QEMU can simulate several network cards (PCI or ISA cards on the PC target) and can connect them to an arbitrary number of Virtual Local Area Networks (VLANs). Host TAP devices can be connected to any QEMU VLAN. VLAN can be connected between separate instances of QEMU to simulate large networks. For simpler usage, a non privileged user mode network stack can replace the TAP device to have a basic network connection.
QEMU simulates several VLANs. A VLAN can be symbolised as a virtual connection between several network devices. These devices can be for example QEMU virtual Ethernet cards or virtual Host ethernet devices (TAP devices).
Using TAP network interfaces¶
This is the standard way to connect QEMU to a real network. QEMU adds
a virtual network device on your host (called
tapN), and you
can then configure it as if it was a real ethernet card.
As an example, you can download the linux-test-xxx.tar.gz
archive and copy the script qemu-ifup in /etc and
sudo so that the command
contained in qemu-ifup can be executed as root. You must verify
that your host kernel supports the TAP network interfaces: the
device /dev/net/tun must be present.
See sec_invocation to have examples of command lines using the TAP network interfaces.
Using the user mode network stack¶
By using the option -net user (default configuration if no -net option is specified), QEMU uses a completely user mode network stack (you don’t need root privilege to use the virtual network). The virtual network configuration is the following:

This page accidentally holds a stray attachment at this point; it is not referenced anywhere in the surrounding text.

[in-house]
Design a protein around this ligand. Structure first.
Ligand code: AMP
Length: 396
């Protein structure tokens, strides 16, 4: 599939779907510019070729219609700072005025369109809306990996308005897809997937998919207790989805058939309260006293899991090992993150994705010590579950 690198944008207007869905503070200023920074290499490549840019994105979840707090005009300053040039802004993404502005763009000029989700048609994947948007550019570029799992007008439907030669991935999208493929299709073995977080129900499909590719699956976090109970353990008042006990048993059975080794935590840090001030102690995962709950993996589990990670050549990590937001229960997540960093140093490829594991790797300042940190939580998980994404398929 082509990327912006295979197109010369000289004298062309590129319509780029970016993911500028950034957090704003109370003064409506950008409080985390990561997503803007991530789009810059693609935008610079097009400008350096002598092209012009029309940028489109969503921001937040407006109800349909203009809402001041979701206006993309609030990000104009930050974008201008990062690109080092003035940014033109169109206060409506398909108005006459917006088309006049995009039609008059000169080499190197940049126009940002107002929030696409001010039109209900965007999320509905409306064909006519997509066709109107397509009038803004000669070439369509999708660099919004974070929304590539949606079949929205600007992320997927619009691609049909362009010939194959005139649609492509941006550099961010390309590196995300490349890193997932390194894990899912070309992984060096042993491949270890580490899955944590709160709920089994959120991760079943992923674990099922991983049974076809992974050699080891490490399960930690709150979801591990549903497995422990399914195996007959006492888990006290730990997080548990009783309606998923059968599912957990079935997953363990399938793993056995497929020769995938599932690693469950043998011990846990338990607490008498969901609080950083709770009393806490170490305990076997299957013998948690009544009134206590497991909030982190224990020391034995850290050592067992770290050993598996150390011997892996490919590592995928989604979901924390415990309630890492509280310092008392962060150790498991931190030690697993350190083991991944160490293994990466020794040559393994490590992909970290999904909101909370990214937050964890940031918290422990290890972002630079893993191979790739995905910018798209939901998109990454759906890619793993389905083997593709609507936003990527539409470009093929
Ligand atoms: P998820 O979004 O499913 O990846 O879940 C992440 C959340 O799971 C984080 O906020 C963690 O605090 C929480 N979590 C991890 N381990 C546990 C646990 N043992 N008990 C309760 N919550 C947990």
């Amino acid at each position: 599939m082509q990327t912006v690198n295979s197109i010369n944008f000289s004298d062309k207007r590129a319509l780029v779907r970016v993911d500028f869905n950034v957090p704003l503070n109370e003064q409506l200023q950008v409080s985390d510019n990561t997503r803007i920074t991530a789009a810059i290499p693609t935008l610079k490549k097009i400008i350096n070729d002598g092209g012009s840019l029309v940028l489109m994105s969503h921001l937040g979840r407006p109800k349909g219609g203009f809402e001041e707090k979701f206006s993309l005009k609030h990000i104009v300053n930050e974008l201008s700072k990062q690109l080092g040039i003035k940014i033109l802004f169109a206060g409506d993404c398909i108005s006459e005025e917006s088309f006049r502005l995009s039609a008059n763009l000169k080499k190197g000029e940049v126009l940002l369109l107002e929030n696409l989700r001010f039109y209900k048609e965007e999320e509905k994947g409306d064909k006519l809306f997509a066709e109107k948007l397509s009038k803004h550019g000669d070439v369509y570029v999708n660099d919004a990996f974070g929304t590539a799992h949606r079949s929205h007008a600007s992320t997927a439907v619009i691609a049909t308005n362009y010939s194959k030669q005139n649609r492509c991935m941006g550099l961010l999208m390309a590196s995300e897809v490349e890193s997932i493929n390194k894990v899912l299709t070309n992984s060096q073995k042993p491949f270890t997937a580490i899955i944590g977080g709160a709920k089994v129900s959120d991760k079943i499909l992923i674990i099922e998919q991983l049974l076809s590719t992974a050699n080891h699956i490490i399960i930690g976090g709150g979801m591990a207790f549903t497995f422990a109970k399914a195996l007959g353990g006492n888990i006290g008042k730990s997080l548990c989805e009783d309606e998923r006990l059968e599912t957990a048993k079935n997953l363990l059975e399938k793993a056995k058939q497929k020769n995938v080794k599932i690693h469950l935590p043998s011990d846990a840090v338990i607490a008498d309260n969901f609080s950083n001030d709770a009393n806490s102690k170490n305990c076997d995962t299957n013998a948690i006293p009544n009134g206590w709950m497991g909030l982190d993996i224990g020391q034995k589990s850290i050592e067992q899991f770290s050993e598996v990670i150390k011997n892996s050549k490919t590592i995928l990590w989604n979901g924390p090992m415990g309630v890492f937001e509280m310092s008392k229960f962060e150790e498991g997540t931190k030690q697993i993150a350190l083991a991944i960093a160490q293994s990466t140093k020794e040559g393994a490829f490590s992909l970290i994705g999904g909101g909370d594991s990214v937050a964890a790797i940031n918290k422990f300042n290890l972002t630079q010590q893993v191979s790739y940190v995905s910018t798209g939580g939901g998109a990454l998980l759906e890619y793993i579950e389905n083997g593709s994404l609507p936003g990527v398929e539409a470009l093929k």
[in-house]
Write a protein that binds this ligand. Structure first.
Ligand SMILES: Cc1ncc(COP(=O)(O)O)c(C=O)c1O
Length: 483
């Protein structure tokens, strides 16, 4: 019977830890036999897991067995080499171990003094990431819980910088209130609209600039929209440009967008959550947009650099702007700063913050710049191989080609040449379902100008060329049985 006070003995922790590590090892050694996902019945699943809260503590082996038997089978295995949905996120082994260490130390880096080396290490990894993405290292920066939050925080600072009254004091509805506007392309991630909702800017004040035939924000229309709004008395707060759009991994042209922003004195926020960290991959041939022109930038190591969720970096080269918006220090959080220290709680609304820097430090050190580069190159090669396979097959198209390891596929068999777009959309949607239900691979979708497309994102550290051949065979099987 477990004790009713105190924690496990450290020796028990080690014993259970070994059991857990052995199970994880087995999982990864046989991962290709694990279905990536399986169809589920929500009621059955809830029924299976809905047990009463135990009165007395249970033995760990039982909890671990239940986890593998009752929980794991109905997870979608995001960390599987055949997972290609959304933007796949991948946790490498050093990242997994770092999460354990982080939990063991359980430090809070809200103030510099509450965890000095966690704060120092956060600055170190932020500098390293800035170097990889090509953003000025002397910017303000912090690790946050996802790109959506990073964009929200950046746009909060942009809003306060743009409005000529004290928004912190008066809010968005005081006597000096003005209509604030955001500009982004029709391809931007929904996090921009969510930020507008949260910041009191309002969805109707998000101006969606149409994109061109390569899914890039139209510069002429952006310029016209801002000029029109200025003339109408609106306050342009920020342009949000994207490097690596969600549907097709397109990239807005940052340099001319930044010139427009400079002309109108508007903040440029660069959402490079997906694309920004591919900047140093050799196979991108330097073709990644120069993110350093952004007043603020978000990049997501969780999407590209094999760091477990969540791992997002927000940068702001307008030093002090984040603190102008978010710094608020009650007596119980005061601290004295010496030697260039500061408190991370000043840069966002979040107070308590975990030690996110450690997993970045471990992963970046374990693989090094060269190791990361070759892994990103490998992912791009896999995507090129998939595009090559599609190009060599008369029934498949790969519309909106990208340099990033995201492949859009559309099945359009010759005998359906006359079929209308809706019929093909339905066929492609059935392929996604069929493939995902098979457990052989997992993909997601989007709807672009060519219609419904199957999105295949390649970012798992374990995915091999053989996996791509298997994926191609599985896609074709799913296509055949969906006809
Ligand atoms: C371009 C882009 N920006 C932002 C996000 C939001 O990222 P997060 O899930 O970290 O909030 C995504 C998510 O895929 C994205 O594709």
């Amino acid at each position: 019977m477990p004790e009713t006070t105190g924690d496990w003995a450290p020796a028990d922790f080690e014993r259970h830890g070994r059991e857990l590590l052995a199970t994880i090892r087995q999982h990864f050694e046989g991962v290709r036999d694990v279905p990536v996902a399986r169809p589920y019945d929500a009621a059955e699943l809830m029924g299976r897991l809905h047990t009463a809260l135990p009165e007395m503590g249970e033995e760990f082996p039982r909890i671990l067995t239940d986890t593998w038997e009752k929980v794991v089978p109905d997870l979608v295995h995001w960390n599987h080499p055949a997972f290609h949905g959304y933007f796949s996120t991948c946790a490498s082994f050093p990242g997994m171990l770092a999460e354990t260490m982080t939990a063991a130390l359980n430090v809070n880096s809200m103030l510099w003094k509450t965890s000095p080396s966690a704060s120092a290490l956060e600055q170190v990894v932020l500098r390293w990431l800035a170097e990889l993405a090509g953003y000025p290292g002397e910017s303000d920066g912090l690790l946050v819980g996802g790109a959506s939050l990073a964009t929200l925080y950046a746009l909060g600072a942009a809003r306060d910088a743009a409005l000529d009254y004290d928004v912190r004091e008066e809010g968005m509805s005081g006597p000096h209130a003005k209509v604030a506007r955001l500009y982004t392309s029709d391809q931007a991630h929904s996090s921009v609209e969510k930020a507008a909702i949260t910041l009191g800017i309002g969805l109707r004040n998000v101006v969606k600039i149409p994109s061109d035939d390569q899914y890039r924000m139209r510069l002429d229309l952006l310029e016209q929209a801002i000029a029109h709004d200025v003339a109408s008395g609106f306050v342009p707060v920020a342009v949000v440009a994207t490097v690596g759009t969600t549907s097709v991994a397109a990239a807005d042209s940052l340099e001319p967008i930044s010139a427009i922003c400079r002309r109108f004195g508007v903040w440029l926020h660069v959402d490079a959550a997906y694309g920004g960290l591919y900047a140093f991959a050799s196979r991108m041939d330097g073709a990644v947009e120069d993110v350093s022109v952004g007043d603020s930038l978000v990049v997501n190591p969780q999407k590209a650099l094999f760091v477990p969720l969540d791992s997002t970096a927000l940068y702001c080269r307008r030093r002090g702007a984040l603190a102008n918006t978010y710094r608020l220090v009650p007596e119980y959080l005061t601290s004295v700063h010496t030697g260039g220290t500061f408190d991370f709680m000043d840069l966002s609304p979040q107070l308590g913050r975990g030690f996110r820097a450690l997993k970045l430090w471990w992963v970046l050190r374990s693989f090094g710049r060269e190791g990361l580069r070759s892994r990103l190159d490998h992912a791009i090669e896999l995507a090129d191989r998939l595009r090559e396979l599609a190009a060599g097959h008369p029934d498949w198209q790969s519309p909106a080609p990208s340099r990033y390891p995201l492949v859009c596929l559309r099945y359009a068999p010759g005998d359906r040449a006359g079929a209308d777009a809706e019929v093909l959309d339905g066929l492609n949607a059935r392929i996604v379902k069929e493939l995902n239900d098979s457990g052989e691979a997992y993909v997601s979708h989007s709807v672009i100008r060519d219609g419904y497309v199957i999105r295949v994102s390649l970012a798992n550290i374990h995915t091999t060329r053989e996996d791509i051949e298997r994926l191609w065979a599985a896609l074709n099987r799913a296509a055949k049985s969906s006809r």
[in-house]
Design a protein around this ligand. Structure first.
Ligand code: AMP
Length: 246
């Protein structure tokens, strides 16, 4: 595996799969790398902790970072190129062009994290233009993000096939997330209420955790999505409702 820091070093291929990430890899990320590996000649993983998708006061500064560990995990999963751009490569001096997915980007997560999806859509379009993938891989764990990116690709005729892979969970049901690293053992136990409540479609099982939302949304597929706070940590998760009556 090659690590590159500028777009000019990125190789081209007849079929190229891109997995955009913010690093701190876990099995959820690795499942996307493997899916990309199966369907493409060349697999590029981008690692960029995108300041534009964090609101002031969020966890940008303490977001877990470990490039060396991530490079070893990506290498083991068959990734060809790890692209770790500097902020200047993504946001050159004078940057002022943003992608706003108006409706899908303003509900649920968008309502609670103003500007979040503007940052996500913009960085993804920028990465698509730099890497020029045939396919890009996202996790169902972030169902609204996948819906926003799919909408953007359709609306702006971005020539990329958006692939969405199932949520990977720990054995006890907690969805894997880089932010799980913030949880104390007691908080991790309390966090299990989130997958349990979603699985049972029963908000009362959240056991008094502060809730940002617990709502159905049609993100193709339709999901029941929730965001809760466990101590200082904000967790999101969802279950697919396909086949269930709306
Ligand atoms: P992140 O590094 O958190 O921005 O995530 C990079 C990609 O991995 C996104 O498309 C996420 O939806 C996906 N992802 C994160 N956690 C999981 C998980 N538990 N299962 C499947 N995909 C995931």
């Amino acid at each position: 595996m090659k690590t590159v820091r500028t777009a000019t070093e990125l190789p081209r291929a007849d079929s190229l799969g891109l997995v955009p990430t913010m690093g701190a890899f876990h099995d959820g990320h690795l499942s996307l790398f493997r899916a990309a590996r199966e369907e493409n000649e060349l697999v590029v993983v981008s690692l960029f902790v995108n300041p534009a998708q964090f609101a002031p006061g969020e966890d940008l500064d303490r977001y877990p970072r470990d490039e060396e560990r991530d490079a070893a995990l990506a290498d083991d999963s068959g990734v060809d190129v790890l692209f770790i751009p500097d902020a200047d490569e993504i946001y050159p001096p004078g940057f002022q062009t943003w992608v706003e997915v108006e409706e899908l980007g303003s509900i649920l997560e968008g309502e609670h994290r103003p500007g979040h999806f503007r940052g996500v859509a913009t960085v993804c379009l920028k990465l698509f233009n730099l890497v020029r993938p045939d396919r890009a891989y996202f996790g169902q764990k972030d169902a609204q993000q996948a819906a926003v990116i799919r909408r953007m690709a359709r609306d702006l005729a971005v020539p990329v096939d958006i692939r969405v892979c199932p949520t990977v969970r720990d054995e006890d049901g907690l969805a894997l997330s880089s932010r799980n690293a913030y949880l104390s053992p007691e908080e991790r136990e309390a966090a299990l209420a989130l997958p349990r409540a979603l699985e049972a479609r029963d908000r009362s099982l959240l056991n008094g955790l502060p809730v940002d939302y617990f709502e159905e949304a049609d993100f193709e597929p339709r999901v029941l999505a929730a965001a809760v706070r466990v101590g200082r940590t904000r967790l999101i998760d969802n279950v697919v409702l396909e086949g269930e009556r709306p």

QEMU VLAN <------> Firewall/DHCP server <-----> Internet | (10.0.2.2) | ----> DNS server (10.0.2.3) | ----> SMB server (10.0.2.4)
The QEMU VM behaves as if it was behind a firewall which blocks all incoming connections. You can use a DHCP client to automatically configure the network in the QEMU VM. The DHCP server assign addresses to the hosts starting from 10.0.2.15.
In order to check that the user mode network is working, you can ping the address 10.0.2.2 and verify that you got an address in the range 10.0.2.x from the QEMU virtual DHCP server.
Note that ICMP traffic in general does not work with user mode networking.
ping, aka. ICMP echo, to the local router (10.0.2.2) shall work,
however. If you’re using QEMU on Linux >= 3.0, it can use unprivileged ICMP
ping sockets to allow
ping to the Internet. The host admin has to set
the ping_group_range in order to grant access to those sockets. To allow ping
for GID 100 (usually users group):
echo 100 100 > /proc/sys/net/ipv4/ping_group_range
When using the built-in TFTP server, the router is also the TFTP server.
When using the ‘-netdev user,hostfwd=...’ option, TCP or UDP connections can be redirected from the host to the guest. It allows for example to redirect X11, telnet or SSH connections.